As leaders, I think it's vital that we learn this because there's going to be a talent crisis. There's going to be a global talent crisis coming in the future. It's not there today, but as more and more boomers exit the workplace, you're going to see the race for talent is going to tighten up. I think that you're going to really need to have leaders that can draw out the best in others.
Paul: David, anything you'd like to add on to that, what leaders should be looking at when they're looking at this book?
David: Sometimes we bemoan micromanagement. I love micromanagement as long as it's not taking things over from people, but it's noticing the moments. It's being connected. I think we should also be very concerned about macro leadership. Leadership is not by decree anymore or by policy or by simply crafting strategy. It occurs by interaction. It occurs by drawing out the best. Leaders don't get things done through people. They get things done with people. If you're going to work with people, you really need to show up and to pay attention and to not only do that, but to voice it.
The more you spend time simply looking at documents in your computer screen and you don't interact with the people, I think it has a lesser effect on your ability to influence people. We always say everyone's a leader and certainly that could be true, but the danger is with so much on our plates, we sometimes can forget that standing below the bottom line are all the people holding it up. If we don't draw out the best from them, that bottom line is going to collapse.
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Everybody’s a Leader

Paul: I'm a big fan of that whole idea of everybody being a leader at some point. We try to these keep short so I've got one other question. It might be a bigger one. We've talked about how this is all about engagement and connecting art and recognition to engagement as an outcome. There seems to be a huge uptake, not just recently, over the last 8 or 10 years, but recently they're talking about having investors looking at engagement as a measurable thing when they try to decide the value of a company or even the creators of the ISO standards on quality management looking at engagement as a best practice field. What do you think about that? Do you think we're seeing even accelerated growth of engagement as opposed to maybe tailing off a little bit after about a good 10-year run? David, what do you think?
David: I think we're going in both directions at once, to be honest with you. I've seen some organizations abandon engagement because they didn't get their results. I see consultancies talking about words like beyond engagement or engagement is old and we need something new. At the same time, we're seeing many organizations just starting to come on board with engagement. When I look at engagement, we didn’t fail with engagement.  think what we failed to do is to go fully into engagement. I frequently like to say there is no way to engagement. To engage is the way. People artistry is one of those ways and a very powerful way to transform the passive noun of engagement into the active verb of engage.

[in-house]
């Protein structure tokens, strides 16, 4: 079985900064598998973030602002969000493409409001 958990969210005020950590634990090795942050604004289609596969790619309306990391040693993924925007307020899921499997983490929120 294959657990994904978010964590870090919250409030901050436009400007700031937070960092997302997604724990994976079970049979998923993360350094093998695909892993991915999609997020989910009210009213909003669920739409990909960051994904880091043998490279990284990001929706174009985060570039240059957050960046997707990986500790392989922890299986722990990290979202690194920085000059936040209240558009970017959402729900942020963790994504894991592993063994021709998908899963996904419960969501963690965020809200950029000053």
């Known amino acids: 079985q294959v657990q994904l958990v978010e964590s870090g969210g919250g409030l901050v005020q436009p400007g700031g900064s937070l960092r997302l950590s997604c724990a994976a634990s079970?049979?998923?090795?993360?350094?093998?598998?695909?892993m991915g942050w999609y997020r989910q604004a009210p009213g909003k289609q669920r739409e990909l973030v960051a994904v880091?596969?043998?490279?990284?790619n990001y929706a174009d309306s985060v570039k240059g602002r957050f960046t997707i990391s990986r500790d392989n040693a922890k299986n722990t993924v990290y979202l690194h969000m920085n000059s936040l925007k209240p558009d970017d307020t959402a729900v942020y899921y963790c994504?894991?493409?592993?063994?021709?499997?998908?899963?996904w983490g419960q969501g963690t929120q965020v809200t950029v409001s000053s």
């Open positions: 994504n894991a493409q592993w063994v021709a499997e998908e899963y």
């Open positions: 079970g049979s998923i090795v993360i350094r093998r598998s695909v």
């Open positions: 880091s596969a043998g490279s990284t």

When I look at investors becoming interested in engagement, when you talk about ISO standards, I'm fairly pleased because it offers some structural encouragement and maybe even go further than that if it becomes an ISO standard to really zero in and engage. I just hope it doesn't become a paper exercise and becomes very much that human endeavor that makes a difference in the workplace.
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From Buzzword to Reality 

Paul: Peter, your thoughts?
Peter: I think there's two perspectives. I think that if we're looking at it from our industry's perspective, there's way too many companies that are saying that they're engagement companies and at the end of the day, all they're trying to do is use that as a lever to sell more rewards, number one. I think that from a practitioner point of view, I think that there is a heightened awareness about engagement and I think that that is going to continue. I think that's going to continue because of the talent crisis. For instance, here in Quebec where I live, more people retired from the workplace in 2013 then entered in. By 2030, the stats say that there's going to be a deficit of 11% workers to open jobs.
It's not just restricted to Canada but in many other countries. In Germany, it's over 20%. In Brazil, it's over 30%. All over the globe, there's going to be a talent crisis. Companies that have better engaged workforces are going to be the companies that succeed. I think that you're going to see more and more board level folks saying, "All right, so what are our human capital projects? What are we doing to attract, to retain and to engage folks?" If I look at people artistry, I'm really hoping that the next book that David and I do is the science behind people artistry because there is a science. Just as you have medicine, the art and science of medicine. There is an art and science behind what we're doing with people artistry.
Paul: I definitely agree with that. People are not machines who are trying to apply nothing but science. I think you get very obedient mercenaries. I think the art part is where we get the emotional connection personally. I'm just going to lay that down there as our last little bit of information. Guys, I really appreciate you taking the time today to talk about this. Just to remind our listeners, we talked about the book called People Artists: Drawing Out The Best In Others At Work.
I've been through it. I love it. It's a great book. The website for this book and the precursor book is at I guess in 2016 we really don't even need to add http or www. It's just Peopleartistry, all one word. David, thank you so much. Peter, thanks so much for your time.